Cleaning Supplies

Household cleaning and personal care products often contain chemicals will contribute to indoor air pollution.


Ways to Improve Indoor Air Quality

Getting cleaner air is much easier than you think. Simple things such as walking, cleaning, and taking care of your pet can all lead to low levels of contaminants. Moreover, there isn't a shortage of things you can do to improve the indoor air quality. Each of the tips below are minimal changes that you can make to improve your home's indoor air quality.

Invest in a Quality Air Purifier

At its core, your HVAC filter is intended to protect your system from large particles of dust and textile fibers. However, it does very little in improving the indoor quality of your air. That's why we recommend a whole-home air purification system, which actively cleans the air in your home.

Be Vigilant on Ventilation

Ensure that you open your windows for 5-10 minutes daily to allow airflow in and out of your house. When using some household chemicals, there tends to be a buildup of pollutants in your home, such as carbon dioxide and some other residual molecules. Opening your windows creates an avenue for some to leave your house, while clean and fresh air from the outside gets in.

Resolve You Radon

Testing for radon not only improves your home's air quality but also affects your health in the long term. Radon is an invisible radioactive gas that, if inhaled for prolonged periods, can cause cancer. If you discover that your house has a high level of radon after testing, contact a radon mitigation contractor to reduce the levels. On the upside, radon is entirely controllable, with almost a 99% reduction rate.

Keep Track of the Humidity in Your Home

Studies show a direct link between indoor dampness and some upper respiratory complications such as wheezing, coughing, and asthma symptoms. Controlling your relative humidity helps minimize dampness and minimize some bacteria. The ideal relative humidity of between 30 and 50 percent ensures your indoor air is excellent and reduces respiratory-related diseases.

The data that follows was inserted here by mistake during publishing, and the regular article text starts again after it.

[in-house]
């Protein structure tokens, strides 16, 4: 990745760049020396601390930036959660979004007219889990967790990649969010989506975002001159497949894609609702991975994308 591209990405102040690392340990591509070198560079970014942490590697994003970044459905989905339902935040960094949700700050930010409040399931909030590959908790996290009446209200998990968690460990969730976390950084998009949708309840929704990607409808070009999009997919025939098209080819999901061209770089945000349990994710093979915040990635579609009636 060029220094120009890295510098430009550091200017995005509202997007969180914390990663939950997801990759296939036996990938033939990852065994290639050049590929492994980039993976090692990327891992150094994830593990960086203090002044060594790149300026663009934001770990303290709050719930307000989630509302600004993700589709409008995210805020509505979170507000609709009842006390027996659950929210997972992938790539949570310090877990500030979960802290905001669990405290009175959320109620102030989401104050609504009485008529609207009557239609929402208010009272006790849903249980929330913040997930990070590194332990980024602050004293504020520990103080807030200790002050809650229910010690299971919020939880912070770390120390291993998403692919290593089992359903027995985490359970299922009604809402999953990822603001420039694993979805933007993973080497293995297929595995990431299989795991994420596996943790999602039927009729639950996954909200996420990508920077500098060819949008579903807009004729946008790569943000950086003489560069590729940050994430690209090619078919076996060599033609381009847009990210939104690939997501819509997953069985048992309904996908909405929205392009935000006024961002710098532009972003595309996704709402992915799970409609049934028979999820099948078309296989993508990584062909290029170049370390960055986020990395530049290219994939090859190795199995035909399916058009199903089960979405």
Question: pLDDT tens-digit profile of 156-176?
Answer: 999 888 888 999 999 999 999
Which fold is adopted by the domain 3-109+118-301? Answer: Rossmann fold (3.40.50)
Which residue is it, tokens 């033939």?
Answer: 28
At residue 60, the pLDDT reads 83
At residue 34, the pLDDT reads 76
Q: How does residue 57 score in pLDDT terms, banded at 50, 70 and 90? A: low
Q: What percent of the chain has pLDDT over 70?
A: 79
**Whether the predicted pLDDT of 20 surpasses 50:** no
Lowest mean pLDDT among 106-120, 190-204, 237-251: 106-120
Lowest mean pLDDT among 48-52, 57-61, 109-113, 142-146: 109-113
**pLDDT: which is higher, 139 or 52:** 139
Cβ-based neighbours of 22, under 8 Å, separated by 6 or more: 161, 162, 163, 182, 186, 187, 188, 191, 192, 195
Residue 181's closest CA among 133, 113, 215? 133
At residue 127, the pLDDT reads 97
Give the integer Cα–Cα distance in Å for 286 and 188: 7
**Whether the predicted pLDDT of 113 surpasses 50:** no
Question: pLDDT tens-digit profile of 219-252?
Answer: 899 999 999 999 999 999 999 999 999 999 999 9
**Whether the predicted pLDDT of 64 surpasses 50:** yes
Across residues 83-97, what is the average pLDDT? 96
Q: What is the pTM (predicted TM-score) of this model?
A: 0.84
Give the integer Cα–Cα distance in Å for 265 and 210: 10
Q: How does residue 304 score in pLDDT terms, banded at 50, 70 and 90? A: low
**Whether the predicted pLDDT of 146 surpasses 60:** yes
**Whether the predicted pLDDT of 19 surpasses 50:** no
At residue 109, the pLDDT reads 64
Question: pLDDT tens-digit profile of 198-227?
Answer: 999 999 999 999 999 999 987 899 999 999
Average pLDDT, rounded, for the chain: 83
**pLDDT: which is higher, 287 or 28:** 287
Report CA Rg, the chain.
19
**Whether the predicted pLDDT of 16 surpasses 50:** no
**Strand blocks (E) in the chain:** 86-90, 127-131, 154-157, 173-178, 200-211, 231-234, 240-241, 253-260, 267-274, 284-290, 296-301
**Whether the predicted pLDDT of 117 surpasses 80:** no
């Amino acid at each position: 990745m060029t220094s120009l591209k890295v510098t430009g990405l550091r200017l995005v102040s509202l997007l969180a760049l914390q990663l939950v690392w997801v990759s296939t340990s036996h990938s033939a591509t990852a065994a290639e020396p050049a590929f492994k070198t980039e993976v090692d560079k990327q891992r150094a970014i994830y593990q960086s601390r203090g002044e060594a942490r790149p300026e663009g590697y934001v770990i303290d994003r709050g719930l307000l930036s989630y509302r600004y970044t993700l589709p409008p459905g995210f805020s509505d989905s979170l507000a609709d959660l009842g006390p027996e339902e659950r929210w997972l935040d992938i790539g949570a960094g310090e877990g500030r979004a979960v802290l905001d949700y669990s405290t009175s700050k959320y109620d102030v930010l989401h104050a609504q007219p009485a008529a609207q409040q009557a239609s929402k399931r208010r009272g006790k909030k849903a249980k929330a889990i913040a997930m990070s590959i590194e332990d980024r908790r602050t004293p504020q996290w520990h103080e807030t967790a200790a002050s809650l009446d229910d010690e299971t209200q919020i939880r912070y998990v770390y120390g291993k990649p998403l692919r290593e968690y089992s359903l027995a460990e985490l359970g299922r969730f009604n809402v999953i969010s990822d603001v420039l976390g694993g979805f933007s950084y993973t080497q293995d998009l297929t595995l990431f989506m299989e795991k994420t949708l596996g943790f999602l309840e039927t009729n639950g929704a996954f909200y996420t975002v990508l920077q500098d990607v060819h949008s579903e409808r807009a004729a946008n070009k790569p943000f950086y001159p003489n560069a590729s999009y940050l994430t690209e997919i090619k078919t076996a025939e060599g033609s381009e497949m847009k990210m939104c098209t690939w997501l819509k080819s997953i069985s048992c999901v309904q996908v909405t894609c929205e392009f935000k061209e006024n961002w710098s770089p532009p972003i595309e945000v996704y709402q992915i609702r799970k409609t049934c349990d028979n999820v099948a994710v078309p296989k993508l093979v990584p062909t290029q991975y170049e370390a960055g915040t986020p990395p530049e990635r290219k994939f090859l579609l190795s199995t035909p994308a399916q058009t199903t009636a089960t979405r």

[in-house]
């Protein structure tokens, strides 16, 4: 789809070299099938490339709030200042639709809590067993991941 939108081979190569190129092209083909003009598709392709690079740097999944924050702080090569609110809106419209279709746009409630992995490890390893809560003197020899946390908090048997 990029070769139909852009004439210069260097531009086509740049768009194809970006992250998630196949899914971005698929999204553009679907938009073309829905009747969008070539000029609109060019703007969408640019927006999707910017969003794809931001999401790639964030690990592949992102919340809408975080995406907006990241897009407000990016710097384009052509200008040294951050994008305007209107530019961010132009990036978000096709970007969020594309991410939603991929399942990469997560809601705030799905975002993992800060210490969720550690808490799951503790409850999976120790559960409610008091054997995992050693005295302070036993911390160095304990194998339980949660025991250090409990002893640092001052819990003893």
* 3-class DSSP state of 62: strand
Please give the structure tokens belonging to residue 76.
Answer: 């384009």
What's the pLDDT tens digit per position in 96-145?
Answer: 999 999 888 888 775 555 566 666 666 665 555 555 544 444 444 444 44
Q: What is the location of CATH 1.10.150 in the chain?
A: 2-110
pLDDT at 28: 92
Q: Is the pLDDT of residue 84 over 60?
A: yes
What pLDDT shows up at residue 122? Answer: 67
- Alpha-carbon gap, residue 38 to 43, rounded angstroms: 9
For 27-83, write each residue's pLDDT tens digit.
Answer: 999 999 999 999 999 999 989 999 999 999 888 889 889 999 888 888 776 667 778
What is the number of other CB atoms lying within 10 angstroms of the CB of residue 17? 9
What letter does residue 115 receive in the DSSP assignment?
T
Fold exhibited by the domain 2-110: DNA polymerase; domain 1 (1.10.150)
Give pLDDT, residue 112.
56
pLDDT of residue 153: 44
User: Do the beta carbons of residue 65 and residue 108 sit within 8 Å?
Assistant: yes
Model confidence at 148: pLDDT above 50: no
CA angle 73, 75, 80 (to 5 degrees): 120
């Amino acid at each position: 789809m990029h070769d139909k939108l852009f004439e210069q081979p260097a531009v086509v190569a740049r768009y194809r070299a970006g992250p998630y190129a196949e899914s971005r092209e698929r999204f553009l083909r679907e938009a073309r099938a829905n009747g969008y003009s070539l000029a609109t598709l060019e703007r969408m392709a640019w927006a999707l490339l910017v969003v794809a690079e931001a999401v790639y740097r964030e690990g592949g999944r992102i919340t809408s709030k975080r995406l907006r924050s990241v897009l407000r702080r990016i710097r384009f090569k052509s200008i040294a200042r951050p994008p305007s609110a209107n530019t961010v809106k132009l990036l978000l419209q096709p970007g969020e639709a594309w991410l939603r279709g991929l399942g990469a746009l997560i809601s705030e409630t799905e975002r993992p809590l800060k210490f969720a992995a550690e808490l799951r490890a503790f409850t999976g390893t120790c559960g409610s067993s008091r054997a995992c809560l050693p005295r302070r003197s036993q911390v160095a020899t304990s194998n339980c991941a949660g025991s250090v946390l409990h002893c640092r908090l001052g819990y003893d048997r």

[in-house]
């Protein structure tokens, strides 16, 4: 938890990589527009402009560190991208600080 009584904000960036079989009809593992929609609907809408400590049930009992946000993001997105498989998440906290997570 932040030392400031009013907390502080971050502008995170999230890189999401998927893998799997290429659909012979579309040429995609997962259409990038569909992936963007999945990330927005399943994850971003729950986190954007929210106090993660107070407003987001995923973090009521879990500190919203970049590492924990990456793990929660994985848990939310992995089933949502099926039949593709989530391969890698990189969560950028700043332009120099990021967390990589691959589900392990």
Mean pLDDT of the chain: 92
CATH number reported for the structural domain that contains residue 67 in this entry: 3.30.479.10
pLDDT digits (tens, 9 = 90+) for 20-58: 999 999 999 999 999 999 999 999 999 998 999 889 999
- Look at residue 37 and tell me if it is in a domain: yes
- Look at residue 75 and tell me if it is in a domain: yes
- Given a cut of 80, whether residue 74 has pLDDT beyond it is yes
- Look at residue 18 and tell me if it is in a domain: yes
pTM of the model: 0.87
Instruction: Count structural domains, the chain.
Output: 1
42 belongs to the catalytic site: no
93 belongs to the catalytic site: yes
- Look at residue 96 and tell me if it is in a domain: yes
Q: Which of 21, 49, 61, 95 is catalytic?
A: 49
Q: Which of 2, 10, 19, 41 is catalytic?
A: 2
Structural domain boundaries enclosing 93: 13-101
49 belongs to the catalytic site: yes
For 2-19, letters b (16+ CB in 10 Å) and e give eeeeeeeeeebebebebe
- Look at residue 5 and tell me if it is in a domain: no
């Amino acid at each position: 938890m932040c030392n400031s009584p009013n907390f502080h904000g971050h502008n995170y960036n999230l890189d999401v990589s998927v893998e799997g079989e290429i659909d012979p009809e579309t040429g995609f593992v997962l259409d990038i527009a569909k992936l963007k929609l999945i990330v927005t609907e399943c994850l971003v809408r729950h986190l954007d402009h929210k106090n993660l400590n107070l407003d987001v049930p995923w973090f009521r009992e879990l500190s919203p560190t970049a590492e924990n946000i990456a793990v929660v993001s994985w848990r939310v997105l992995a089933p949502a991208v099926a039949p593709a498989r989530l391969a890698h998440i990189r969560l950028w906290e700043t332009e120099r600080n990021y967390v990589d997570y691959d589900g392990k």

Put the Kibosh on Smoking

Introduce a zero-tolerance policy to indoor smoking. Indoor tobacco smoke is harmful regardless of whether you inhale it directly or as an active or passive smoker. To keep your indoor air super and your health at check, try making your home a smoke-free house.

Use House Plants that Promote Air Filtration

This is one of the easiest and most effective methods yet- putting a plant in your home that promotes air filtration. All you have to do is to water it and let it do its job. Some of the plants that promote indoor air quality include chrysanthemums, English Ivy, Peace Lily, and Snake Lily.

Who We Are

At Advanced Air Conditioning and Heat, we are dedicated to providing the best recommendations and we work hard to match you with the perfect solutions that meet your unique needs. If you're ready to improve your indoor air quality, turn to the experts at Advanced Air. You can trust us to deliver top quality products and professional services at an affordable price.

Call (772) 388-1695 to ask how we can help.